B’nai Brith Investigation: A so-called Jewish group has
links to a White Supremacist Hate Site
By Aidan Fishman
B’nai Brith Canada
Campus Affairs Coordinator
A group that calls itself Independent Jewish Voices (IJV), and passes itself off as an organization that speaks on behalf of Jewish Canadians, promotes Holocaust denial through social media, a B’nai Brith investigation reveals.
Postings on the group’s official Twitter and Facebook accounts have been directing followers to articles from the white supremacist hate site Veterans Today. One article in particular falsely asserts that no more than 1-million Jews were killed by Nazi Germany and characterizes modern antisemitism as a natural reaction to Israeli policies. The article was also promoted online by Sid Shniad, a B.C. resident who serves as IJV’s co-chair and official spokesperson.
Both the Anti-Defamation League and the Southern Law Poverty Center have denounced Veterans Today as a white supremacist hate site, replete with false accusations of Jewish responsibility for the 9/11 terrorist attacks, the assassination of former U.S. President John F. Kennedy, and the Sandy Hook elementary school shootings.
The posting by IJV cannot be described as accidental or unknowing. In fact, one Facebook follower of the IJV page explicitly pointed out that the article supports Holocaust denial, but IJV failed to answer it or delete the link.
IJV has a controversial history in Canada. It was founded in 2008, and became one of the first groups in the country to endorse the anti-Israel boycott in 2009. In that same year, IJV co-founder Diana Ralph was outed by the National Post as a 9/11 conspiracy theorist. At the time, IJV distanced itself from Ralph’s views, and she claimed to resign all posts within the organization, but is still listed as a member of IJV’s Steering Committee on its website. To this day, IJV advocates for the complete isolation and demonization of Israel.
IJV has since become a key component of the anti-Israel movement in Canada, exploiting its status as a self-declared “Jewish” organization to lend a veneer of credibility to the movement’s crusade against the Jewish State.
IJV spokesperson Tyler Levitan has been given a prominent place in reporting by the Toronto Star, Globe & Mail and Canadian Press on the recent failure of an anti-boycott bill in the Ontario Legislature. Levitan also writes for Huffington Post Canada — which he uses as a platform to condemn Canadian Jewish organizations for supporting Israel — falsely claiming that IJV better represents mainstream community views on the Middle East than the aforementioned groups.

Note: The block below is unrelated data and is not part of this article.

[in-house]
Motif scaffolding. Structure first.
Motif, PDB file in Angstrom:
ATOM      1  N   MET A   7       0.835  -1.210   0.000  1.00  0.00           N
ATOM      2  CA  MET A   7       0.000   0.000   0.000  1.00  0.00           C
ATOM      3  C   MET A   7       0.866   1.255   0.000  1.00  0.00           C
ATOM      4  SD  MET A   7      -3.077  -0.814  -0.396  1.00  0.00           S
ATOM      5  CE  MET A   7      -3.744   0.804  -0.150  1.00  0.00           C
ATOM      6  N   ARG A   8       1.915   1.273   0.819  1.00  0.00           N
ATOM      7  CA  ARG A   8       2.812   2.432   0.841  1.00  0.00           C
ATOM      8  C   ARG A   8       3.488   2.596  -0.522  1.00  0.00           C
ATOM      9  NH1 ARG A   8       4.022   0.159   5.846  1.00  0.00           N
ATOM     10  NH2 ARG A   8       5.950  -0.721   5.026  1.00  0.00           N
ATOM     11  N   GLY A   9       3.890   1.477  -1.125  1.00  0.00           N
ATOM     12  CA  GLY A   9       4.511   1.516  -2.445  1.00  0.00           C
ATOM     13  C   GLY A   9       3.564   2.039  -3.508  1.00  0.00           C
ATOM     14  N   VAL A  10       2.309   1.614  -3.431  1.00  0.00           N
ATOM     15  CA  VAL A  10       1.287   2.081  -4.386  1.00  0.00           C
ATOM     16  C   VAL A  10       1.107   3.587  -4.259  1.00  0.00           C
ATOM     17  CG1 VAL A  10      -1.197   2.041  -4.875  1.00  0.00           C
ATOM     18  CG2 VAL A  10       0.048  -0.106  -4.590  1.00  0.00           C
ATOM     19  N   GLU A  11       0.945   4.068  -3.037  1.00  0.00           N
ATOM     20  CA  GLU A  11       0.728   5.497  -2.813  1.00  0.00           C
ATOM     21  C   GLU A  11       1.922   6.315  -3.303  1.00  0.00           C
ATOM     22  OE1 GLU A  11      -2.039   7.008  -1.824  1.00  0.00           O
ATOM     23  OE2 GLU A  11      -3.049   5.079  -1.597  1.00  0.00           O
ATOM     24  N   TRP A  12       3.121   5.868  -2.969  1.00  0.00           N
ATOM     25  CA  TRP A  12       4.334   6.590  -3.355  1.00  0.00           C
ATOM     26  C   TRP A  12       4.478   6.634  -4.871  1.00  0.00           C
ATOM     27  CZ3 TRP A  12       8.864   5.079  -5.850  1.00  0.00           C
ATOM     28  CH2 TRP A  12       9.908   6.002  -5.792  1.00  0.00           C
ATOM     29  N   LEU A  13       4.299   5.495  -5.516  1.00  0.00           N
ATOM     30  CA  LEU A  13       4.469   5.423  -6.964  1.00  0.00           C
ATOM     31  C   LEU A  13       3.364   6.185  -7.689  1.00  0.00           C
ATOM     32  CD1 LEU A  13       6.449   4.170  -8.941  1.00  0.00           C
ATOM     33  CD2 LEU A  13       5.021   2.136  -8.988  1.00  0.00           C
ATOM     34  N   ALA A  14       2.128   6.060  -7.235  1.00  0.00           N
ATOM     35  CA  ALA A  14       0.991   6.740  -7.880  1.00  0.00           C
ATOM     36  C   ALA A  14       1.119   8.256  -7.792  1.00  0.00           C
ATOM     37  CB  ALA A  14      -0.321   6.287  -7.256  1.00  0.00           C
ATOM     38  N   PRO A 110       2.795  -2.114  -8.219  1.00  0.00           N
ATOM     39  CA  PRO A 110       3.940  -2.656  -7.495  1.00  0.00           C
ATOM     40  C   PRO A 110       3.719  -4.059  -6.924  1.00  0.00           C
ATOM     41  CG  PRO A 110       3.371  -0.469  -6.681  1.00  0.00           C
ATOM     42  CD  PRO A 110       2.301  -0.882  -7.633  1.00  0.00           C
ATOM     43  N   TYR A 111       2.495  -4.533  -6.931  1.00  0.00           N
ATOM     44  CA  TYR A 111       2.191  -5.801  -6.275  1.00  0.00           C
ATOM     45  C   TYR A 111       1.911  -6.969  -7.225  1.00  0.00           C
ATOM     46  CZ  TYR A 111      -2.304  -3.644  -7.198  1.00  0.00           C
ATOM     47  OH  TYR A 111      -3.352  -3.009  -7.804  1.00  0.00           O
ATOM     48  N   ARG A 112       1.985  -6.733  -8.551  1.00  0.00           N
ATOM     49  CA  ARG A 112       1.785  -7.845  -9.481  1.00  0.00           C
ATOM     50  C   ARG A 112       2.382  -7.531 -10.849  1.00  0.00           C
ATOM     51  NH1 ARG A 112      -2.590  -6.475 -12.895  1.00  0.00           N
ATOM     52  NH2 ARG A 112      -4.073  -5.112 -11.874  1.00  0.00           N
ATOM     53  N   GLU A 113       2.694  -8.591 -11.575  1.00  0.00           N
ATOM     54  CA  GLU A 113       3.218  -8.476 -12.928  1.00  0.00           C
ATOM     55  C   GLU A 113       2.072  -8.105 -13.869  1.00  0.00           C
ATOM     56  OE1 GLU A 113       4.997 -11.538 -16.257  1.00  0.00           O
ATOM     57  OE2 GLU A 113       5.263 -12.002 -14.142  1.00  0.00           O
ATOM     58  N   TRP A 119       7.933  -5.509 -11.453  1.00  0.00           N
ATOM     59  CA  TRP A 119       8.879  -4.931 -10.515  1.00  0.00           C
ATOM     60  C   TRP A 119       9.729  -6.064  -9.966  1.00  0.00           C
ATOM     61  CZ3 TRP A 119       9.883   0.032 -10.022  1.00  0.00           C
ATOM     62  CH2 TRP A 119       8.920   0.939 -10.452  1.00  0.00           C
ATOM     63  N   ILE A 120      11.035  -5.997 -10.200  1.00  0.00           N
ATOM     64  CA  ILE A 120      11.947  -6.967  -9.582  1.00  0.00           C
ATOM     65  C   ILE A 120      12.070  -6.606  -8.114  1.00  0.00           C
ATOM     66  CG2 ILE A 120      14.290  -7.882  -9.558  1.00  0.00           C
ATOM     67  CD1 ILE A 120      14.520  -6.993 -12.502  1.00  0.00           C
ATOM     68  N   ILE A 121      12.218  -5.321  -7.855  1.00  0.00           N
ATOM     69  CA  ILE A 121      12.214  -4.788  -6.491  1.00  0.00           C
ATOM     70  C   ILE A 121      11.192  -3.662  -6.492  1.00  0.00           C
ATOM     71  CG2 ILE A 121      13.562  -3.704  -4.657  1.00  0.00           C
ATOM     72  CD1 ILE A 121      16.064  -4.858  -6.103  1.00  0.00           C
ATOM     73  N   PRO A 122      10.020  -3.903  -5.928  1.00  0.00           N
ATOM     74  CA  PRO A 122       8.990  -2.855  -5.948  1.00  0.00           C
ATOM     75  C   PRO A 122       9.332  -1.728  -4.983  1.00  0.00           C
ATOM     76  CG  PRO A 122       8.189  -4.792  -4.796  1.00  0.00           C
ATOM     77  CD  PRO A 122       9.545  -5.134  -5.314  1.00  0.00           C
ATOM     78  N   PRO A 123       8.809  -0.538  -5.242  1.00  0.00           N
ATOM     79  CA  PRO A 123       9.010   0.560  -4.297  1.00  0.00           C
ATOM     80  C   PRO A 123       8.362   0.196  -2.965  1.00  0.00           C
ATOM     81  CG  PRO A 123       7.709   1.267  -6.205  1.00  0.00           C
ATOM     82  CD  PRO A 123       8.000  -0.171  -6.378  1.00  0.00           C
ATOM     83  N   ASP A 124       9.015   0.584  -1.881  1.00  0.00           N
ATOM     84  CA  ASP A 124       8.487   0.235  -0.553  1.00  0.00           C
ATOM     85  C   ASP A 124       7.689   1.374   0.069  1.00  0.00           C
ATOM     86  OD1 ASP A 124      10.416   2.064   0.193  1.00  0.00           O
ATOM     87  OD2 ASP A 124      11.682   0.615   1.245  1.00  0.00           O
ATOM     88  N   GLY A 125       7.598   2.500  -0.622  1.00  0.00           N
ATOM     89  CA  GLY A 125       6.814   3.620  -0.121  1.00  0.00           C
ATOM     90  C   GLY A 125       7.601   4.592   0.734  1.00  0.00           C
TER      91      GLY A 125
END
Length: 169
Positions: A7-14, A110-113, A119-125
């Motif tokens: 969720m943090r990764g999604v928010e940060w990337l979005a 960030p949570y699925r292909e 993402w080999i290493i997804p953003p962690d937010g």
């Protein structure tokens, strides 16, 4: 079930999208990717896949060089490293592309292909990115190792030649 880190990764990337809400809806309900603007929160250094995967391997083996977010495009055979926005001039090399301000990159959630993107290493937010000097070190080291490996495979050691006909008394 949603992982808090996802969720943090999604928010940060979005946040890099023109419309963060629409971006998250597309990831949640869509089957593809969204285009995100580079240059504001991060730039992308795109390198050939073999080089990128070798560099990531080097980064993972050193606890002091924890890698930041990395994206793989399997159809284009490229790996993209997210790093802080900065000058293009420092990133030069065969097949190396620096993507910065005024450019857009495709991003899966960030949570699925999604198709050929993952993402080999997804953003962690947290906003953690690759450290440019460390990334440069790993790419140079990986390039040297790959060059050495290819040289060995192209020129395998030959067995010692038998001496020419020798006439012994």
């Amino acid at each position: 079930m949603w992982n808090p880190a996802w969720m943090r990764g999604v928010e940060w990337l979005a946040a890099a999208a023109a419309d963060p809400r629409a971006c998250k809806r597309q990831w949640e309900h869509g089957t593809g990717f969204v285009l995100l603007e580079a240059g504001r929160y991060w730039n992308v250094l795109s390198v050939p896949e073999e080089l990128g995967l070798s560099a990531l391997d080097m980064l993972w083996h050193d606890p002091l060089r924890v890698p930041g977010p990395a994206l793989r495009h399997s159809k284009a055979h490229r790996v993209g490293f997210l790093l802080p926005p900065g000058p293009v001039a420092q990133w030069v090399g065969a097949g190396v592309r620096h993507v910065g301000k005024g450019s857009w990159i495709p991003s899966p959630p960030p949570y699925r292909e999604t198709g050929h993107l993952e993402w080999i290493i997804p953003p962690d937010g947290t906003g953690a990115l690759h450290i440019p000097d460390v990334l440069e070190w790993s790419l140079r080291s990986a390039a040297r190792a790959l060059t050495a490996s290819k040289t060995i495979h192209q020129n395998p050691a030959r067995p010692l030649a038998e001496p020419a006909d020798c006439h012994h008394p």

Many Jewish Canadians have told B’nai Brith that they are livid that an organization with links to hate groups has been receiving excessive mainstream media coverage on the pretense that it represents Jewish community views, according to Michael Mostyn, Chief Executive Officer of B’nai Brith Canada.
“Although we do not blame individual journalists, the media has been deceived by this group,” Mostyn said. “It is time for the media to realize that IJV must no longer be consulted and perceived as a spokesperson for any element of the Canadian Jewish community.
“Holocaust denial has no place in Canadian society, especially from an organization masquerading as a representative Jewish group,” Mostyn added. “These postings cement the notion that IJV is a Jewish fig leaf for neo-Nazis and antisemites of all stripes. IJV provides cover for those who would peddle antisemitism under the guise of radical anti-Zionism.”
Aidan Fishman, B'nai Brith Canada's Campus Affairs Coordinator, can be reached via e-mail at: email@example.com
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According to the International Holocaust Remembrance Alliance (IHRA), an organization comprised of 31 democracies that includes Canada, Holocaust denial is defined as the negation of the historical reality and/or extent of the genocide against the Jewish people carried out by the Nazis and their collaborators during the Second World War. Elements of Holocaust denial include the gross minimization of the Jewish death toll during the Holocaust, characterizations of the Holocaust as a positive event, deflection of primary blame for the Holocaust away from Nazi Germany, and attempts to blame the Jews for causing or provoking the Holocaust.